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5 ways to help a depressed firefighter

FireRescue1 readers weigh in on how they approach depression and help colleagues through difficult times

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By FireRescue1 BrandFocus

Certain topics are taboo in the fire service. In the case of depression and suicide, that taboo can cause a great deal of harm as it exacerbates issues that pose major problems to firefighters. But what happens when someone in your department is going through a difficult time or had a particularly difficult call? We asked firefighters what they would do if they were in a position to help another firefighter.

Hold debriefings after difficult calls

An organized debriefing to deal with all of the stress that comes after a tough call can really make a difference for those involved. Nancy Gerner says that her department “had to be debriefed after a couple of nasty calls. The first one was kind of questioned, but after we went [through] it … it helped so much. When we needed it the second time, we jumped right in. Don’t be afraid to talk about things and get them off your mind. [It results] in a lot less burnout.”

Invest department resources in mental health

Perhaps the best advice, if not always the most practical, is for departments to invest in the professional resources needed to help tackle the issue. For example, Craig Stovall says that he’s “fortunate enough to have a team to help with issues that arise from the nature of our work.” However, he says, “it all starts with the individual, whether it be the person suffering or the person that notices. Knowing that is the first step to changing the culture.”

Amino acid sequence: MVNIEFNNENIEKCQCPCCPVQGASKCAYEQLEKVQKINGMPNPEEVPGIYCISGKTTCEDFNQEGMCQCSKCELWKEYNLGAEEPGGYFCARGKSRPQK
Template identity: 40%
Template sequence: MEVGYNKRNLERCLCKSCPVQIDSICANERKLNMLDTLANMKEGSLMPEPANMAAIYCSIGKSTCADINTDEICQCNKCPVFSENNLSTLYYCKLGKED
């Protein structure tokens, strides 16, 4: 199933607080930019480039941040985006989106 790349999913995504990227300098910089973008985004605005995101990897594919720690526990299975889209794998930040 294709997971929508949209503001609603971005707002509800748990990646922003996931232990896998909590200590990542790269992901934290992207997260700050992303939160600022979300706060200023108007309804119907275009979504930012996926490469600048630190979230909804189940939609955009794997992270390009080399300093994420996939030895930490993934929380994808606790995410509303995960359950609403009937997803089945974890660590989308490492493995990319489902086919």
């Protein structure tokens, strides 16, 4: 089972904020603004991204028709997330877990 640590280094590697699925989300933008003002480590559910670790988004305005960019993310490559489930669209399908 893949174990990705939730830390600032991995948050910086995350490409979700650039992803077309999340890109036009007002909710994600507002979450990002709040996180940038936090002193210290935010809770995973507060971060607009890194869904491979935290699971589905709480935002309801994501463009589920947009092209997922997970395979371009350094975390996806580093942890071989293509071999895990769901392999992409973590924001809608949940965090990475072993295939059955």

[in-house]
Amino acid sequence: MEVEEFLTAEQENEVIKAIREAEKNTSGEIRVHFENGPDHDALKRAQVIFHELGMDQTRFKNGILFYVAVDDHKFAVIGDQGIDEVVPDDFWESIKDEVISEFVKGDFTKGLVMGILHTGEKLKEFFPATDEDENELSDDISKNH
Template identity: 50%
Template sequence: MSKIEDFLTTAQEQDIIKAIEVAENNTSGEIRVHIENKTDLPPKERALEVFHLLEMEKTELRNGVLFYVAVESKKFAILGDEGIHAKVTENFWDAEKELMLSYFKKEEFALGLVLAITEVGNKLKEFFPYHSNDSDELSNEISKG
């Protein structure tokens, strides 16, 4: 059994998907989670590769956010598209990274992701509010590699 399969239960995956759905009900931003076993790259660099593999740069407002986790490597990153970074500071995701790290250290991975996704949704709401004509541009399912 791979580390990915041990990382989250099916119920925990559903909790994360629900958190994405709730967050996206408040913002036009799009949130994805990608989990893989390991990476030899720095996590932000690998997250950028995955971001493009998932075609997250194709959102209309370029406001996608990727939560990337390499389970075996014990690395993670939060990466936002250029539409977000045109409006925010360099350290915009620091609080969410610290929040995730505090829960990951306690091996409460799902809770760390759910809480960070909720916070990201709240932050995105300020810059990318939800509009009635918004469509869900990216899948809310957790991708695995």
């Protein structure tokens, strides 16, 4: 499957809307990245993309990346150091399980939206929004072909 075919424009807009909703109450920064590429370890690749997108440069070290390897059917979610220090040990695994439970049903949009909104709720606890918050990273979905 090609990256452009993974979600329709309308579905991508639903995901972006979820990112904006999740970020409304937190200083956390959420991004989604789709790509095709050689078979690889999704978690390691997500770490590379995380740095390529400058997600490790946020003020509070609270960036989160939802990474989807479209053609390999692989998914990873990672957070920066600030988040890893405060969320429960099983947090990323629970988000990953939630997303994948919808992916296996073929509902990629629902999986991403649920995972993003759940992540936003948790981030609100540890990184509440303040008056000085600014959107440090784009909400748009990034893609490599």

Talk it out

The simplest and most direct way to address the issue is to talk to someone when you see him or her going through a hard time. As David Lloyd-Taylor says, “Just reach out and help, as fast as you would for any physical threat.” John Liebfred said that when faced with a similar situation, he “went directly to them, and killed several cups of coffee … Never hesitate.”

If you’re going through a difficult time, it can help to reach out to someone. Dave Rogers said, “As both a firefighter and former military, you have to speak up and ask for help. People deal with stuff in different ways. Chances are that you are not alone.”

Lorie Darrh mentioned that when she went through a similar situation, it took a lot of courage to reach out and talk to another firefighter, but she was “relieved to know I wasn’t the only one out there. Talk to someone who understands. It really does help!”

Encourage them to seek out counseling

The mental strain of firefighting can accumulate over time. Not all post-traumatic stress is related to a single, memorable instance. Often it’s the years of being exposed to traumatic events that erode firefighter mental health. It makes sense to get help when you’re in need, and to encourage others to do the same. Of course, counseling can be expensive and not always covered by medical insurance plans. But that doesn’t mean that it isn’t an option. Dave Rogers suggests that firefighters “check around. Some counselors will donate time.” Some may also work on a sliding scale and provide an affordable rate for firefighters.

Don’t wait

Perhaps the best advice is don’t wait. Don’t wait for the “right” opportunity to talk to a fellow firefighter who may be struggling with mental health problems. If you see something, do something about it. You might not have another chance. And don’t wait to seek help for yourself if you are feeling depressed or suicidal. The more firefighters who confront these issues, the faster the taboo will be lifted and suffering firefighters can get relief.

Have you ever been in a situation where you worried a fellow firefighter was depressed or possibly suicidal? What did you do? You can read more of what our readers had to say here and here.